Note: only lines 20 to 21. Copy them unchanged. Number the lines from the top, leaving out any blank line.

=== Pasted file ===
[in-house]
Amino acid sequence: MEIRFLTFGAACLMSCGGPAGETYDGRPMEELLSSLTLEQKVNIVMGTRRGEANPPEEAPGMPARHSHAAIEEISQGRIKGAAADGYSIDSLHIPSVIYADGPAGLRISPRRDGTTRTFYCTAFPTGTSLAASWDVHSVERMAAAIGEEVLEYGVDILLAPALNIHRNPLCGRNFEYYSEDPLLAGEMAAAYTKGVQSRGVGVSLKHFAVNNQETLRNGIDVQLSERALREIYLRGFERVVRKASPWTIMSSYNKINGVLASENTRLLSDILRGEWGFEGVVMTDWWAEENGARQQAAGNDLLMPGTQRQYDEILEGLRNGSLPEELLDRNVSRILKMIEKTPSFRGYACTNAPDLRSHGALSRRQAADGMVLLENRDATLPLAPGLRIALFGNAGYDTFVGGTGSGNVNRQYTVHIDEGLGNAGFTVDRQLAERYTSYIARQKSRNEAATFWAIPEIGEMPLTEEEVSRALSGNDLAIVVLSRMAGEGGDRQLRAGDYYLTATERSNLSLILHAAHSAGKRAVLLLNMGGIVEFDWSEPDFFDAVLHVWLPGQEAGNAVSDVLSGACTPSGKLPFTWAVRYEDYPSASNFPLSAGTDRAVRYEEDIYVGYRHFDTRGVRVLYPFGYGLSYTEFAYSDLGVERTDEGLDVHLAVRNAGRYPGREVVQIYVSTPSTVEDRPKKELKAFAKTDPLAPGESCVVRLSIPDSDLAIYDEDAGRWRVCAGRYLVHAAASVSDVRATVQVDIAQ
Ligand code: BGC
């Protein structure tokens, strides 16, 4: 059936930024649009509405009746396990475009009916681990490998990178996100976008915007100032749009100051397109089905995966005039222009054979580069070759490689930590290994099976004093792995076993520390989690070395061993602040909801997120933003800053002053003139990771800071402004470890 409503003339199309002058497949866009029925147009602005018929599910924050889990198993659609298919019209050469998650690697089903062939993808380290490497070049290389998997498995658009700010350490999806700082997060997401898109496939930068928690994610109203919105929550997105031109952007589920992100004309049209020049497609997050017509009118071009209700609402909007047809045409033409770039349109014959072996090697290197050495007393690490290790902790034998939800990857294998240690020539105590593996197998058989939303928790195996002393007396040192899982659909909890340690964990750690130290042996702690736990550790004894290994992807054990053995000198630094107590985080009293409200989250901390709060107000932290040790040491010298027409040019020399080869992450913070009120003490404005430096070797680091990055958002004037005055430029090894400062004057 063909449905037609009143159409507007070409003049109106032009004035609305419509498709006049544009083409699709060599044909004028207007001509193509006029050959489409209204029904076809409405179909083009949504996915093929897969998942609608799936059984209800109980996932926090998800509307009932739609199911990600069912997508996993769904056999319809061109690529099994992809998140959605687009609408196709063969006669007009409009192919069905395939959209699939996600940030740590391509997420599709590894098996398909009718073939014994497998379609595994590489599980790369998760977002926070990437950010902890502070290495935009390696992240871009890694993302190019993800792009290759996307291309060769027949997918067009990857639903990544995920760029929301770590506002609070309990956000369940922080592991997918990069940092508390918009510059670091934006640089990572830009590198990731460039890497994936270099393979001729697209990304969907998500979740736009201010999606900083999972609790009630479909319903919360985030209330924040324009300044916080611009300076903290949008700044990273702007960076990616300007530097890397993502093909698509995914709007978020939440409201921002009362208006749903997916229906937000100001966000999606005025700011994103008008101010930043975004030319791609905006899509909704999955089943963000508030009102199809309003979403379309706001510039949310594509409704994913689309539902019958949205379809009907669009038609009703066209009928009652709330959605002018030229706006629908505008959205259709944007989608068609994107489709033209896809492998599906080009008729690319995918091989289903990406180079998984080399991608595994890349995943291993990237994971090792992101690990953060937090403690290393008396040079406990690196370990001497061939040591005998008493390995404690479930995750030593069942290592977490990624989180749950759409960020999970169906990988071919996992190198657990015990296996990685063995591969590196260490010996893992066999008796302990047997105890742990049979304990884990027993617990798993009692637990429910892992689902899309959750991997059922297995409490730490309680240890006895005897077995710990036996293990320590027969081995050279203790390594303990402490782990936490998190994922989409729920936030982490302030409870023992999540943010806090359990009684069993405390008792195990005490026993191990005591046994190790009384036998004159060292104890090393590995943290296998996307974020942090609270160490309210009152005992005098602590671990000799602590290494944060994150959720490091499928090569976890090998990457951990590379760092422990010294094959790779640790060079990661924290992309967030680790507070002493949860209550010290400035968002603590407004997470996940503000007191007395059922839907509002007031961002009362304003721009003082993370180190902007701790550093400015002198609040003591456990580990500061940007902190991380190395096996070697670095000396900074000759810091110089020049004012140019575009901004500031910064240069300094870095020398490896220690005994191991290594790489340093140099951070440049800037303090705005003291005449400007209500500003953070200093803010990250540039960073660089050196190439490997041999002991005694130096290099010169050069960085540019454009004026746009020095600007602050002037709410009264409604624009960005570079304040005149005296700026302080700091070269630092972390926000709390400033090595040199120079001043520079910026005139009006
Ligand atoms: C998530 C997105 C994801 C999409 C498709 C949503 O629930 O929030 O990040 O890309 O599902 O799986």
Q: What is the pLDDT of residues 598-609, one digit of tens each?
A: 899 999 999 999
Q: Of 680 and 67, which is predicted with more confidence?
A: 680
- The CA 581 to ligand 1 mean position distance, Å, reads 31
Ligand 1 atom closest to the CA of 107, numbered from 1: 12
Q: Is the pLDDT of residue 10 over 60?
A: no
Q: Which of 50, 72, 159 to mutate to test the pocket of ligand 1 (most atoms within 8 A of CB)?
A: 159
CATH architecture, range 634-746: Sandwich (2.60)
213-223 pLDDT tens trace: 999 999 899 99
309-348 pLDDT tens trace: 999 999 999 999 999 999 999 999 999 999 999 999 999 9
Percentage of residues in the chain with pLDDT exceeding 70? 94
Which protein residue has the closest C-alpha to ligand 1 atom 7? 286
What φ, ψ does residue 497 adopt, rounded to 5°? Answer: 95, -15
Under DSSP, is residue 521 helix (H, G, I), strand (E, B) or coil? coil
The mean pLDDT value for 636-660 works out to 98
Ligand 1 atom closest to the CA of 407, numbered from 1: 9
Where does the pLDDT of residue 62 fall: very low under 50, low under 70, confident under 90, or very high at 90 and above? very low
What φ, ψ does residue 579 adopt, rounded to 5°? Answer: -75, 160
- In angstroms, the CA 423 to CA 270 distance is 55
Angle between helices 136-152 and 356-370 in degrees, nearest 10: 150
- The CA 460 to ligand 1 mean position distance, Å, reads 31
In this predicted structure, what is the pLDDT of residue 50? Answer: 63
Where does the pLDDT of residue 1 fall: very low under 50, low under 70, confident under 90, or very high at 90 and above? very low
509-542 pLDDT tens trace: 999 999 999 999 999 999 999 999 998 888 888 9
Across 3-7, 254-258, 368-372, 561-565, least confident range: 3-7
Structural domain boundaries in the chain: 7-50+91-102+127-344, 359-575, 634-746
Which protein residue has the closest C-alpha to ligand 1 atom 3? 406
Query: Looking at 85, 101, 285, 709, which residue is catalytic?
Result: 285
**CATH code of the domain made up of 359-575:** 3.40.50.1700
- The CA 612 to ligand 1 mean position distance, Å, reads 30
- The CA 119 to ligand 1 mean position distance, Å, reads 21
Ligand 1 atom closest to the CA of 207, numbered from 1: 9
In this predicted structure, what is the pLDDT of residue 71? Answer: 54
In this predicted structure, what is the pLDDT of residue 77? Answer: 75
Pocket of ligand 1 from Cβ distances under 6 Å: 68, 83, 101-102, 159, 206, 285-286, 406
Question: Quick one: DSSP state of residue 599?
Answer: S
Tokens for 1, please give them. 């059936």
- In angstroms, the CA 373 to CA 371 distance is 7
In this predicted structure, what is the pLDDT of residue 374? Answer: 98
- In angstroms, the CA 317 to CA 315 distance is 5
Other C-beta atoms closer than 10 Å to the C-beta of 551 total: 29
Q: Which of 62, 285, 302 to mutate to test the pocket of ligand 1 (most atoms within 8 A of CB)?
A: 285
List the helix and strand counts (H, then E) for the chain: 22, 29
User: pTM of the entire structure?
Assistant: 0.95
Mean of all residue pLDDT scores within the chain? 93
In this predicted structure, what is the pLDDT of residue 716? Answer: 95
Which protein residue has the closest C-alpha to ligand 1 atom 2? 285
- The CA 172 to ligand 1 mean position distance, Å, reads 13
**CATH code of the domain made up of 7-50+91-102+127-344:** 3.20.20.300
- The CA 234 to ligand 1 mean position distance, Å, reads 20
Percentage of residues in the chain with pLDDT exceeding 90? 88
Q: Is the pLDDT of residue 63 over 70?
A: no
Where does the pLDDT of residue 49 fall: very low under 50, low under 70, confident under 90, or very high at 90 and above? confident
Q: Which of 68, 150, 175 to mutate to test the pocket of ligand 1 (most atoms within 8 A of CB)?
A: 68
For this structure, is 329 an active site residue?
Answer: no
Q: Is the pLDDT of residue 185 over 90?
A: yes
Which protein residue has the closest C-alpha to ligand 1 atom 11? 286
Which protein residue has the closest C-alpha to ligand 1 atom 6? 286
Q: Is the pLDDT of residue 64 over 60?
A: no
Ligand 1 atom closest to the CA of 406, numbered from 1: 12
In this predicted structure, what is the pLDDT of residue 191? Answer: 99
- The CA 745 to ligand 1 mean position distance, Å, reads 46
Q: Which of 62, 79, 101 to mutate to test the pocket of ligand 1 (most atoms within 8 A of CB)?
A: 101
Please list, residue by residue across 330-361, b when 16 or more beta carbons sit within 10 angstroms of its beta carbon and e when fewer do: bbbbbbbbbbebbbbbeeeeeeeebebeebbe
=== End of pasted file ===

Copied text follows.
Which protein residue has the closest C-alpha to ligand 1 atom 7? 286
What φ, ψ does residue 497 adopt, rounded to 5°? Answer: 95, -15